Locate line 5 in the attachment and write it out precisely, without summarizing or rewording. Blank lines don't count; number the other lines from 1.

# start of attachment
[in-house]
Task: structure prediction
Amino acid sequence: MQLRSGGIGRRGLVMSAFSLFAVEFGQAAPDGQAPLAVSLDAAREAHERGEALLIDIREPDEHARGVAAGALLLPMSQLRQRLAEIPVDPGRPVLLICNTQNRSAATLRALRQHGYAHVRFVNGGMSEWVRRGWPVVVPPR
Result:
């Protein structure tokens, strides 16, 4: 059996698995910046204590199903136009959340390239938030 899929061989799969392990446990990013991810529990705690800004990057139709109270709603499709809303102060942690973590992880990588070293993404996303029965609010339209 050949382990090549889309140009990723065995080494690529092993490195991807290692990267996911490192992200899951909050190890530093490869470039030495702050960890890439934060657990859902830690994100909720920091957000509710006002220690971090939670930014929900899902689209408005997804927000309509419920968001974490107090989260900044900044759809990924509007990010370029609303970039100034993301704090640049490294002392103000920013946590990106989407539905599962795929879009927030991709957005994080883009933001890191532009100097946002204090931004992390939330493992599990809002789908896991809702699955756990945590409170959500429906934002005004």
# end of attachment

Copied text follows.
């Protein structure tokens, strides 16, 4: 059996698995910046204590199903136009959340390239938030 899929061989799969392990446990990013991810529990705690800004990057139709109270709603499709809303102060942690973590992880990588070293993404996303029965609010339209 050949382990090549889309140009990723065995080494690529092993490195991807290692990267996911490192992200899951909050190890530093490869470039030495702050960890890439934060657990859902830690994100909720920091957000509710006002220690971090939670930014929900899902689209408005997804927000309509419920968001974490107090989260900044900044759809990924509007990010370029609303970039100034993301704090640049490294002392103000920013946590990106989407539905599962795929879009927030991709957005994080883009933001890191532009100097946002204090931004992390939330493992599990809002789908896991809702699955756990945590409170959500429906934002005004």